At a time when the world faces a number of complex problems that transcend national borders and which individual states appear unable to address on their own, multilateralism ought to matter more than ever. All too often, however, attempts to encourage collaborative and effective responses to transnational problems are unable to overcome national interests, or lack the capacity to address novel challenges that defy easy resolution. Despite the urgent need for international cooperation, it is often conspicuous by its absence and it is not unreasonable to ask, does multilateralism really matter anymore? We argue that it does, if only because, there is no alternative. To illustrate multilateralism's weaknesses and potential strengths we provide a novel comparison of the Association of Southeast Asian Nations (ASEAN) and the Arctic Council, which reveals the importance of history, diplomatic styles, the significance of issue areas, and the motivations of members. The two bodies literally and metaphorically illustrate developments in the North and South, and provide a novel and revealing benchmark for measuring the success of multilateral bodies at different moments in history.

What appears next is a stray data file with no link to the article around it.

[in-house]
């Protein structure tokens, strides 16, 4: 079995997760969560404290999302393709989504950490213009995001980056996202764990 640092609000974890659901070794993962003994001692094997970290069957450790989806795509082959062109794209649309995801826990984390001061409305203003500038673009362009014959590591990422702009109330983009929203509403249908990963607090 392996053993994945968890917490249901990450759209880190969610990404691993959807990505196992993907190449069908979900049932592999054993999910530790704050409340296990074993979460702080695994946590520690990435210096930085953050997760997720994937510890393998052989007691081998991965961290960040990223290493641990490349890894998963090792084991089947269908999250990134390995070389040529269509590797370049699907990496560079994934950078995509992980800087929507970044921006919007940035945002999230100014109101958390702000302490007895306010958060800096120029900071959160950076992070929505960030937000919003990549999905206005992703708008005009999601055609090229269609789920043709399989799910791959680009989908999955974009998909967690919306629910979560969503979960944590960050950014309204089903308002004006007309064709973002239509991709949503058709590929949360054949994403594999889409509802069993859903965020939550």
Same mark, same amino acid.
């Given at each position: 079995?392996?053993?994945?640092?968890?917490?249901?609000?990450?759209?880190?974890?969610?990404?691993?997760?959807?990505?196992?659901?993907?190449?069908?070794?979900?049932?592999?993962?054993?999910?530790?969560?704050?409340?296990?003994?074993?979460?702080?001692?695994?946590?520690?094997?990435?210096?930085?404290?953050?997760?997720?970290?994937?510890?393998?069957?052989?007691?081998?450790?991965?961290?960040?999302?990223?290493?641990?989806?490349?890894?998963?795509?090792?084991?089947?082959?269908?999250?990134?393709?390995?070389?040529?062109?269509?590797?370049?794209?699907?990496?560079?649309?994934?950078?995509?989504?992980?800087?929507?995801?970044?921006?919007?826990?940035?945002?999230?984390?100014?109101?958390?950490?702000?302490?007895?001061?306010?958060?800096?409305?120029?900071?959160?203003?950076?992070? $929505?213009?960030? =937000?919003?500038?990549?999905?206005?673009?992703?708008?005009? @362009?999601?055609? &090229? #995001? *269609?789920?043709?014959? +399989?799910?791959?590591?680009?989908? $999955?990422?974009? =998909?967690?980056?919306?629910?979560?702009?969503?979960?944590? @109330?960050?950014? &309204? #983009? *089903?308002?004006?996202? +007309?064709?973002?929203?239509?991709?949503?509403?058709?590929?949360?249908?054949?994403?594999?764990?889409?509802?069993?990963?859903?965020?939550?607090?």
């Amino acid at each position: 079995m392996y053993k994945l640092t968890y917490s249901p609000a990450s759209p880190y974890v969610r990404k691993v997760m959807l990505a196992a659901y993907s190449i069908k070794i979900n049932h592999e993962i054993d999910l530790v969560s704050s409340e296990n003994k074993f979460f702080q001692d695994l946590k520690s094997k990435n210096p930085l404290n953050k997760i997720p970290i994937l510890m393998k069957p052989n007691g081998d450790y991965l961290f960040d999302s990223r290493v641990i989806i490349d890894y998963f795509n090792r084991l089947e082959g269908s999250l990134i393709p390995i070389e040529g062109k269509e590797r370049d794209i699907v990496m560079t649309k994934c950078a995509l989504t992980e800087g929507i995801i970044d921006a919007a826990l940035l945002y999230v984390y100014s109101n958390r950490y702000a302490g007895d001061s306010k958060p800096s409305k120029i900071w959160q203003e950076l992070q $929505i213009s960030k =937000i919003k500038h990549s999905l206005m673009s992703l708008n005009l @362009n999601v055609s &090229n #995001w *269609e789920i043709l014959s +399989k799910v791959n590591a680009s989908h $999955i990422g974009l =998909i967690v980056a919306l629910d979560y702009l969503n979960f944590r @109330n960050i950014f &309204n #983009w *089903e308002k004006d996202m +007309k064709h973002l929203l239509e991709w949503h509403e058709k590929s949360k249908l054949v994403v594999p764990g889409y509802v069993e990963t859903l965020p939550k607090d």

- Multilateralism is still a potentially vital, even irreplaceable form of institutional architecture. However, policy makers need to commit real political capital to realising such potential if multilateral forums are going to be effective.
- Some forms of international order are more conducive to multilateralism's successful utilisation than others. Studying the real successes of the European Union remains a useful starting point despite its current problems, and valid sensitivities about eurocentrism.
- The initial design and goals of multilateral institutions are important determinants of their effectiveness and impact. Binding agreements and a degree of compulsion may be required to make multilateral institutions effective.
- Unless states are able to overcome the constraining influence of national interests policy makers will be unable to address, much less solve, collective action problems. Reciprocal agreements and recognition of the need to develop a formal, binding basis to underpin collective action are vital.